● In answering the question of how to preserve the beauty and sacredness of unused Church properties, Your Holiness quoted the 2015 encyclical, Laudato si, calling on Church leaders throughout the world to “learn to see and appreciate beauty” and “reject self-interested pragmatism.”

● In your message, you also told the conference that the fact that there are now many empty church properties should not be a cause for anxiety but welcomed “as a sign of the times that invites us to reflection and requires us to adapt.”

● You stated that every final decision made by bishops be “fruit of concerned reflection conducted within the Christian community AND in dialogue with the civil community” . (emphasis added).

● You also added that “Disposal should not be the first and only solution to think about, nor ever be carried out with a scandal to the faithful.”

● You also reminded the participants at the conference that, in the first book of Maccabees “Jerusalem had been liberated and the temple profaned by the pagans restored, the liberators preferred to set them aside ‘until a prophet should come to tell what to do with them’”.

● The Conference also specifically mentioned things like restrictive covenants that could be included in adaptive reuse projects of Church properties to ensure that future uses remain respectful to the sacred nature of the properties.

The former Chancery was the revered headquarters for our Diocese with a residence for our Bishop and associate priests as well as a chapel where mass was regularly said for decades. Based on the guidance from Your Holiness, as well as the Report created by conference leaders, we believe our local Bishop and Diocese
should be working with local authorities to support the preservation or redevelopment of vacant Church properties like our historic Chancery. Through creative partnerships, we are confident the Chancery can be restored and
renewed for a new purpose.

Sadly, our local Rockford Diocese and Bishop have taken the opposite position, aggressively opposing our efforts and refusing any constructive dialogue on the matter. Our Bishop made a final decision to demolish the building based solely on input from Diocesan officials and without input and collaboration with the local Parish, our local neighborhood, or our local City government. While there are many individuals and organizations willing to help, it seems the Bishop would rather have the Chancery destroyed than partner with the community to have it restored.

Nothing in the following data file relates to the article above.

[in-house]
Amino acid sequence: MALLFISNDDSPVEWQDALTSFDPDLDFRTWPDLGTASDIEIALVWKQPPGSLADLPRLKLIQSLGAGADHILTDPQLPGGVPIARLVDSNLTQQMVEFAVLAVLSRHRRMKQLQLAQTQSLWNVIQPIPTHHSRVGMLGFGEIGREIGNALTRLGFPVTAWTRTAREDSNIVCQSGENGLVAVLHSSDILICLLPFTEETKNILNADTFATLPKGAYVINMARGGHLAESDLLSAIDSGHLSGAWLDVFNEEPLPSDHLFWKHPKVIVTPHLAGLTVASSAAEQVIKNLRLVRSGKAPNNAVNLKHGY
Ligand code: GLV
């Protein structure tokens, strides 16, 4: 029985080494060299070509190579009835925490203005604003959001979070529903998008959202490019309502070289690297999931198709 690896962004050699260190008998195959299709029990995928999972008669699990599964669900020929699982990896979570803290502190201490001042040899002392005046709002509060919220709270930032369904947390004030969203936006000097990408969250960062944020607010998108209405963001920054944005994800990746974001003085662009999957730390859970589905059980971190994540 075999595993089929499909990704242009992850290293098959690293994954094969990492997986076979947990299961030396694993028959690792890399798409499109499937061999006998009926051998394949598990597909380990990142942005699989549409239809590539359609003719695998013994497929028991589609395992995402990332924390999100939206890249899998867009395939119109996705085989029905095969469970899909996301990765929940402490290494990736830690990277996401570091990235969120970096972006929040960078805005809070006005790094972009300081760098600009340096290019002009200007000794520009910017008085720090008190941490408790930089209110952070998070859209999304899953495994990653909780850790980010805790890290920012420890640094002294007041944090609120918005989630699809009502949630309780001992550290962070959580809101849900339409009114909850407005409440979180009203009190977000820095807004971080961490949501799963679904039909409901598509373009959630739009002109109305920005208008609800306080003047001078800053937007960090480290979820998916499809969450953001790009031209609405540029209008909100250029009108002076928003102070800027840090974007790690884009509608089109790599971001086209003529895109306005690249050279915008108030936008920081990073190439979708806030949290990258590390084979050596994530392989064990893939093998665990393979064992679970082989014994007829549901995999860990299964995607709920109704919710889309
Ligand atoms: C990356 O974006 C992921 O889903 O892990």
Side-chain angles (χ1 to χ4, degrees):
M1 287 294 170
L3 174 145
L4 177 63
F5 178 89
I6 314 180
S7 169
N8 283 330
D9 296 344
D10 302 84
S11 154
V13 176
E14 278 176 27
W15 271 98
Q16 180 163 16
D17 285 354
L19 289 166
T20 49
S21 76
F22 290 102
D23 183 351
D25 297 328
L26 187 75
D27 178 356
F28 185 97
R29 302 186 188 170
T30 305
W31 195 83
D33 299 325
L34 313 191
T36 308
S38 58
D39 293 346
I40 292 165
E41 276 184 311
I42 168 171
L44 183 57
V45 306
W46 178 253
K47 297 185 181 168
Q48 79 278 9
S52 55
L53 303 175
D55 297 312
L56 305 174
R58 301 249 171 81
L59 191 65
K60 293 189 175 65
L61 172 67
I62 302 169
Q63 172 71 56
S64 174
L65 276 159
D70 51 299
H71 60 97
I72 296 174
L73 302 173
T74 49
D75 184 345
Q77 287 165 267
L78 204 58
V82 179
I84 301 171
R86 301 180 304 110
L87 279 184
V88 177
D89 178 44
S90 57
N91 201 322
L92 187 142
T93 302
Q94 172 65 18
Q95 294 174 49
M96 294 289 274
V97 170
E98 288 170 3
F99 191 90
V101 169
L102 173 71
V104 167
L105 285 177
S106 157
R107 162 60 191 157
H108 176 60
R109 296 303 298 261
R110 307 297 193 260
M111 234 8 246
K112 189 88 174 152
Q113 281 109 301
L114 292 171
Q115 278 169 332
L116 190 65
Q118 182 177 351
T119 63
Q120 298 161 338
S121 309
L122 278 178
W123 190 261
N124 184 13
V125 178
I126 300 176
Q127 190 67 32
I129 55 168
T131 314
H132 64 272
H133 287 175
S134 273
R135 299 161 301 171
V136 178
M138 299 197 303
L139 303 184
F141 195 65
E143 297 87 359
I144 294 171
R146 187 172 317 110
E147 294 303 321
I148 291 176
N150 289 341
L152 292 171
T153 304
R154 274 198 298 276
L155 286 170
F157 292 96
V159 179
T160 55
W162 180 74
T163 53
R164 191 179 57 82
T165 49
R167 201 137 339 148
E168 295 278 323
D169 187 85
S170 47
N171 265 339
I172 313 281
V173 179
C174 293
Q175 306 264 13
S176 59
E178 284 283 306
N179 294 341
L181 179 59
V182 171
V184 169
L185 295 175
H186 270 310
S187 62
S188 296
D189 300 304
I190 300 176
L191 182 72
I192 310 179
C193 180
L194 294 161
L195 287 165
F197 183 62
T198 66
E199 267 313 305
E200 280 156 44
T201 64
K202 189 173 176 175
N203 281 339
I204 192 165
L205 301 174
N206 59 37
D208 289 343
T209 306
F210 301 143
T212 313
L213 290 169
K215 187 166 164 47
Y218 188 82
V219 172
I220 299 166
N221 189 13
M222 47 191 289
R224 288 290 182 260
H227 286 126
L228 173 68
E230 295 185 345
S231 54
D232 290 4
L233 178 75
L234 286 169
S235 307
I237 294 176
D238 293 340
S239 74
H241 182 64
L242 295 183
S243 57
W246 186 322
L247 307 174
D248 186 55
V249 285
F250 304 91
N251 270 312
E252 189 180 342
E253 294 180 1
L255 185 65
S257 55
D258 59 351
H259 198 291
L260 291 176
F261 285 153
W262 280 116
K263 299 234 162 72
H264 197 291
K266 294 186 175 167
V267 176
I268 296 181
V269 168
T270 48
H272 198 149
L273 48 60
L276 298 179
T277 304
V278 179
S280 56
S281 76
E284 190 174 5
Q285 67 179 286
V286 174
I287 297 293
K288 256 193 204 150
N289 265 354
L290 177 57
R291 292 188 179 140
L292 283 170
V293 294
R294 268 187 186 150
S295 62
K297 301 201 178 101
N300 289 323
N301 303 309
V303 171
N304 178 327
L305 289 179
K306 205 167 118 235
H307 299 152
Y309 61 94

Your Holiness, this issue is about much more than a single building. This is about the Church’s role as a partner with its own members and the broader civil community. This is about our Church’s core mission of serving the poor. Indeed, the challenge of vacant Church properties and the Church’s role in community development impacts every Diocese and Parish throughout the world.

I am a father and husband trying to support my family and my community. I am also a lifelong Catholic and a former mayor of our community. Our current mayor, Tom McNamara, is also a lifelong Catholic and member of the Parish, and his father, John McNamara, was also a mayor of our city and has been a member of the Parish for many decades. We have all made offers to help the Diocese to rebuild and restore the Chancery. We never wanted this matter to become a public battle. We just want to be part of a dialogue with our Church. Sadly, all
invitations to partner have been rejected by Bishop Malloy and the Rockford Diocese. We feel heartbroken. This is why we are turning to you for help.

While we are inspired and hopeful by the guidance your Holiness has given for the Church to be a good partner with local communities, we do not see your guidance being followed by our local leadership in this matter. Therefore, we respectfully and humbly ask that Your Holiness intercede on behalf of our local faith community and local civil community. We ask that you provide direction and guidance to our local Diocese and local Bishop to work with us in collaboration for the betterment of all stakeholders.

Respectfully yours in Christ,

Lawrence J. Morrissey